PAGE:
There are several among us who fantasise about dying for love. This explains the allure of tragic love stories such as Romeo-Juliet, Laila-Majnu, Sassi-Puno, Mirza-Sahiban, Sohni-Mahewal, Shirin-Farhad and Devdas-Paro, which have inspired writers, musicians, playwrights and filmmakers many times over. Devdas has gone through several iterations, as has the tale of Anarkali, the legendary dancer in the Mughal Emperor Akbar’s court, who is said to have had a doomed affair with his son, Salim. As the story goes, Akbar had Anarkali arrested and entombed.
Historians are divided on whether Anarkali existed in the first place and, if she did, whether the tomb in the Punjab Secretariat compound in Lahore is actually hers. Whatever the truth, Anarkali has proved to be a muse for countless writers and filmmakers. As early as 1922, Urdu dramatist Imtiaz Ali Taj explored the legend in a play. The theme of forbidden love between Anarkali and Salim and Akbar’s enraged response has formed the basis of most of the movies made subsequently.
The first screen adaptation was produced in the silent era. Two films were released in 1928, Loves of a Mughal Prince and Anarkali. While Loves of a Mughal Prince, featuring Seeta Devi as Anarkali, was produced by The Great Eastern Film Corporation and directed by Charu Roy and Prafulla Roy, Anarkali was directed by RS Choudhury and produced by the Imperial Film Company. It starred India’s leading star at the time, Sulochana (real name Ruby Myers). Anarkali was one of Imperial’s biggest successes, and is considered one of Sulochana’s best-known movies. She appeared in two more Anarkali films, the first of which was a profit-spinning talkie version in 1935 and directed once again by Choudhury.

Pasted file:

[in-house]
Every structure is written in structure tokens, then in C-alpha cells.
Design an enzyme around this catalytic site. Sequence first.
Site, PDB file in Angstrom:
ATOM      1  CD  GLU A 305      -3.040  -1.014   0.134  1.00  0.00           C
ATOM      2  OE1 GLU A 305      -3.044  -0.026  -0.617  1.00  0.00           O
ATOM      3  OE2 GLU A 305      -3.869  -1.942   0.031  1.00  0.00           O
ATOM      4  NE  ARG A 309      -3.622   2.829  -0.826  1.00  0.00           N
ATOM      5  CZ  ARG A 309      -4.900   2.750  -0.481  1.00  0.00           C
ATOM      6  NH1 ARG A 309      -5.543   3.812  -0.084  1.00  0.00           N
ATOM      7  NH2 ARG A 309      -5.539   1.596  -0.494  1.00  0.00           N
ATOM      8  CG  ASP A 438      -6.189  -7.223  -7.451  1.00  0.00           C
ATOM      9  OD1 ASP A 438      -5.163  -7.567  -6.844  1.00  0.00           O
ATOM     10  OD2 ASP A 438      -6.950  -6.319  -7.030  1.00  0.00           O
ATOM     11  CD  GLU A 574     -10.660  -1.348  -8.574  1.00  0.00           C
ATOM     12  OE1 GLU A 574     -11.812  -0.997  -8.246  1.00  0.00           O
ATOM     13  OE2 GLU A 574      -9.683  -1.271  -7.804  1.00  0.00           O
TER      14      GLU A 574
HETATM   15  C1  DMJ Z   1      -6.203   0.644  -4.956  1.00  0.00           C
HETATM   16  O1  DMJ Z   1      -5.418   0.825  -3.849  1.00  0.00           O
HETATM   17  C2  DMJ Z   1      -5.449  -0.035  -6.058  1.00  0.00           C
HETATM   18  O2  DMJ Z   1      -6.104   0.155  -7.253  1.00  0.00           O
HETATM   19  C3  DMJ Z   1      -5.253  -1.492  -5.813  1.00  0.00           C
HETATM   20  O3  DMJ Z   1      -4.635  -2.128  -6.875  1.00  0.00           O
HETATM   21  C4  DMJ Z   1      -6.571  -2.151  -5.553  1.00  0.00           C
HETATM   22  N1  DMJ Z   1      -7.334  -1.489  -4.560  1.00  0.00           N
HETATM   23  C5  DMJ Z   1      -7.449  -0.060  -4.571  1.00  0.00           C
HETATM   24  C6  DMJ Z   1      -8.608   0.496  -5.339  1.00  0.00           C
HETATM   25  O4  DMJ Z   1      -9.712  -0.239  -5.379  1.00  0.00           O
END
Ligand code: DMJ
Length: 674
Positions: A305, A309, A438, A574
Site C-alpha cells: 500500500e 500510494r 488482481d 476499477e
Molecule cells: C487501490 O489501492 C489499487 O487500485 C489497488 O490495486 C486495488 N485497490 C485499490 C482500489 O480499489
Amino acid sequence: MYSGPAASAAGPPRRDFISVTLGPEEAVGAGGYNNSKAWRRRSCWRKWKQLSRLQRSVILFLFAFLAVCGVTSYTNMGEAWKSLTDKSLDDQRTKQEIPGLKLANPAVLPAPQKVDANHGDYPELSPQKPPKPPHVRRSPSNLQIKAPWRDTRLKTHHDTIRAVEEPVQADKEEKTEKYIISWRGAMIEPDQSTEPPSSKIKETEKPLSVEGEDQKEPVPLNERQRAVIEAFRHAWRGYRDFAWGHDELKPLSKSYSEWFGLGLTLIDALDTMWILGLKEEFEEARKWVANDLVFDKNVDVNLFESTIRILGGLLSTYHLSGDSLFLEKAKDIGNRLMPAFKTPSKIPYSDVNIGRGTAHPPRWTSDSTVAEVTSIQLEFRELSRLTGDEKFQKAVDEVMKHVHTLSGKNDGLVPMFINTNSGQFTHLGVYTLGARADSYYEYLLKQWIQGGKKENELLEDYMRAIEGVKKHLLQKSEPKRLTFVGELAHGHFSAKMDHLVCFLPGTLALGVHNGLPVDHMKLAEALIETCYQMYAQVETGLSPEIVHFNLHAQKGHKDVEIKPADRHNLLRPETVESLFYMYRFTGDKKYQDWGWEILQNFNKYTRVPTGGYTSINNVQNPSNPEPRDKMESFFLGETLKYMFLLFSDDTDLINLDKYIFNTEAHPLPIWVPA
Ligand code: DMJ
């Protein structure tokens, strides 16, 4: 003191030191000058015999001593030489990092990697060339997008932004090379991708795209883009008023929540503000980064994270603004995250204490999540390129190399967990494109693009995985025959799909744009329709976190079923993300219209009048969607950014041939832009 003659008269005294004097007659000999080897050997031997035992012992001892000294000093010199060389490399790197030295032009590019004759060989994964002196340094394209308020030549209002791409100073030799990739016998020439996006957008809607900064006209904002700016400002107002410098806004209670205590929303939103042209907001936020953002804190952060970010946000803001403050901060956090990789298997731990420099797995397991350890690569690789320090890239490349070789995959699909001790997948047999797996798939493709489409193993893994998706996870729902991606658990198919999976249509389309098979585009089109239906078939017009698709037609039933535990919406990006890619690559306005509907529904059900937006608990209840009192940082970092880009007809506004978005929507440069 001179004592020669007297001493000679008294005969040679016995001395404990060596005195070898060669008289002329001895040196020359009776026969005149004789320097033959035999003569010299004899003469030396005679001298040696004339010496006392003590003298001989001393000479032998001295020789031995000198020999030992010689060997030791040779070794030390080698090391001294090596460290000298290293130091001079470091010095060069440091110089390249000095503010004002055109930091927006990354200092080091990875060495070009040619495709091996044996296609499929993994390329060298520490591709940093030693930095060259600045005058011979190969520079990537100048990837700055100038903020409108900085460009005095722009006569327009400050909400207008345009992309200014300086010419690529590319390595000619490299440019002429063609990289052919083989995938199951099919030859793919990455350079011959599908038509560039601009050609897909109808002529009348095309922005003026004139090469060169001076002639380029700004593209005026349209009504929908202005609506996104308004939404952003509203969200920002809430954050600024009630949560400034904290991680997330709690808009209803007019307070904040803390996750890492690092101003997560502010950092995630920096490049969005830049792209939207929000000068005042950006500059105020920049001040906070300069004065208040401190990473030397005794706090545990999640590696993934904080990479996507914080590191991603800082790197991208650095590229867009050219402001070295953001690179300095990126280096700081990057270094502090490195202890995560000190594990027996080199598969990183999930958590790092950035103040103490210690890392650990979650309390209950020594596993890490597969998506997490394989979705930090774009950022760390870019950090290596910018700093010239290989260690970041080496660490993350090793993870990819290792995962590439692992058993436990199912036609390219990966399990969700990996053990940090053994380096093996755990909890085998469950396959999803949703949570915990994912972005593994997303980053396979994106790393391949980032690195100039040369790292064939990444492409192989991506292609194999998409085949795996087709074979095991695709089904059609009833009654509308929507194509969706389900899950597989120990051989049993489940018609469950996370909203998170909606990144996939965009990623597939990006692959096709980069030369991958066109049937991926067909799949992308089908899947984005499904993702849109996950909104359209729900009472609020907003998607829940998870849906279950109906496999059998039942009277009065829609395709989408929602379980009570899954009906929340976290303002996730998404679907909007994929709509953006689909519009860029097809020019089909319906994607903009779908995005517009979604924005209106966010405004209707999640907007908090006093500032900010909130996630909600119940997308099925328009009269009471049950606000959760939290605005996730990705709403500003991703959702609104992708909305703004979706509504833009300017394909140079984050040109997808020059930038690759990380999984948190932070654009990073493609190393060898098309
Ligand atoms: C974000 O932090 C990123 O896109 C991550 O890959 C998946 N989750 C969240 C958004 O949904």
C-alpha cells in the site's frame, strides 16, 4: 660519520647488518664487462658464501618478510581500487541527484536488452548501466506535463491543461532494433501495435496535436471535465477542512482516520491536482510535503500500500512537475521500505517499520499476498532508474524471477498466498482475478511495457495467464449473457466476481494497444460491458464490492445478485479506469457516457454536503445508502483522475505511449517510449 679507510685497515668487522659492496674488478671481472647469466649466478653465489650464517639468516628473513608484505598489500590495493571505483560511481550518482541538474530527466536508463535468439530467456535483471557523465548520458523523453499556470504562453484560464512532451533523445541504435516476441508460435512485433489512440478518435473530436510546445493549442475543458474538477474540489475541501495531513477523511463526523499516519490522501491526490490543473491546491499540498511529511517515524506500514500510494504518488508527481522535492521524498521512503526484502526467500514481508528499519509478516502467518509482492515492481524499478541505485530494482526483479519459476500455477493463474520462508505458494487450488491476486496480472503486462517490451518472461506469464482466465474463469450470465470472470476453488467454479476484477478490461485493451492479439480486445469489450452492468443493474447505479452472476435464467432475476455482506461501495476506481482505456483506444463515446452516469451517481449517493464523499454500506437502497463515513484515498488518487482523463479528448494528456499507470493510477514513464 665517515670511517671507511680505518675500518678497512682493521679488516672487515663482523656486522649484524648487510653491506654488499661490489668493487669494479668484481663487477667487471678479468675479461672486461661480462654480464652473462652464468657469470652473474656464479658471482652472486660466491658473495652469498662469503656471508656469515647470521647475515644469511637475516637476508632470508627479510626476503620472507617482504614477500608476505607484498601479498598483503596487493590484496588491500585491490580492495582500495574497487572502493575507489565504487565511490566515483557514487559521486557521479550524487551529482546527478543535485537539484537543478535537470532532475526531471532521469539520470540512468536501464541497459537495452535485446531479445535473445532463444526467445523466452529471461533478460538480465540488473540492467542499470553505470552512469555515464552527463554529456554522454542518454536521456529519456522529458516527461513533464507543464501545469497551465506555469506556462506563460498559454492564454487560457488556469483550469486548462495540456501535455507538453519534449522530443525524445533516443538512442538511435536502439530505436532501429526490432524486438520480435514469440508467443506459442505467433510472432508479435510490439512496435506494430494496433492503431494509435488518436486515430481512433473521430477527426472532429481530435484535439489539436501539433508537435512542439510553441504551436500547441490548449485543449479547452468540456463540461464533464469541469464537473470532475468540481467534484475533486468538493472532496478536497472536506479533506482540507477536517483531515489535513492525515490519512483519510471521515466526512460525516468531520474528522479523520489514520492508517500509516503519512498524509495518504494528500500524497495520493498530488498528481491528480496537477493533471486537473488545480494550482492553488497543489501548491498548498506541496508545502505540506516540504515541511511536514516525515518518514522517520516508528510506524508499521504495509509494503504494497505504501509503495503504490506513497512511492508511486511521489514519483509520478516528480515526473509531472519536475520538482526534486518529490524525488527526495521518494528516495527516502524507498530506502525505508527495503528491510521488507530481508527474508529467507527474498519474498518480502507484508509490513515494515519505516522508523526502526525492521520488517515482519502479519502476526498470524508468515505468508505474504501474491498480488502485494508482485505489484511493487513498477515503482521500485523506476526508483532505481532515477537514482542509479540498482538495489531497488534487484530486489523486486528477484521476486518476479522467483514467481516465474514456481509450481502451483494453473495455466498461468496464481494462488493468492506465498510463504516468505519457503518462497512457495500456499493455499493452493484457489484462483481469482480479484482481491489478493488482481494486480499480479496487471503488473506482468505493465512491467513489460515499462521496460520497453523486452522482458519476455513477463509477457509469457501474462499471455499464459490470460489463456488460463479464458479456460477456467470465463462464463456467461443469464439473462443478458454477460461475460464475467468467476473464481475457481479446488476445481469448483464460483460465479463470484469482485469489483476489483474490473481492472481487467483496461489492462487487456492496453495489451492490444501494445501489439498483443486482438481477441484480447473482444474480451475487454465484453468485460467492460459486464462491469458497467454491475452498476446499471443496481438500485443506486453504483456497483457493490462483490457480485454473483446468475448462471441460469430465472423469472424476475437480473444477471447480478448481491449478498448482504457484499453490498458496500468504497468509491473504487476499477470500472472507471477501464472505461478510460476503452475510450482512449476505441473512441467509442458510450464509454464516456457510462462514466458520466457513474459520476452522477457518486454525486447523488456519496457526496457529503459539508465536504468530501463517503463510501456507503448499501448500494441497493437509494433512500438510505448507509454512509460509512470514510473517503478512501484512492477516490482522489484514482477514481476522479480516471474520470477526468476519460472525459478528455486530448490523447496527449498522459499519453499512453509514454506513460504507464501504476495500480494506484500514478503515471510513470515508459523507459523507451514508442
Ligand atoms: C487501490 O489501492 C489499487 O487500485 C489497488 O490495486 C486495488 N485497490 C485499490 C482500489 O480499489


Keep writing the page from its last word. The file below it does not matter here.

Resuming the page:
It is easy to see why the Anarkali story has stirred the imagination. It has all the ingredients for spectacle, romance and drama: a forbidden and rebellious love story, royal intrigue against the backdrop of the splendour of the Mughal court, jealousy, betrayal, a high-voltage clash between father and son, and a tragic ending that takes the story and its lead players to mythic heights. The scope for romance, poetry and songs is immense and music, unsurprisingly, has been a highlight of the talkie versions.
In the version made in 1953, Sulochana plays Rani Jodhabai, Salim’s equally mythical Rajput mother. Produced by Filmistan, directed by Nandlal Jaswantlal and starring Pradeep Kumar as Salim, Anarkali was a box-office hit. It had fine performances by Bina Rai in the titular role, Mubarak as Akbar, and Kuldip Kaur as the scheming courtier out to thwart the dancer.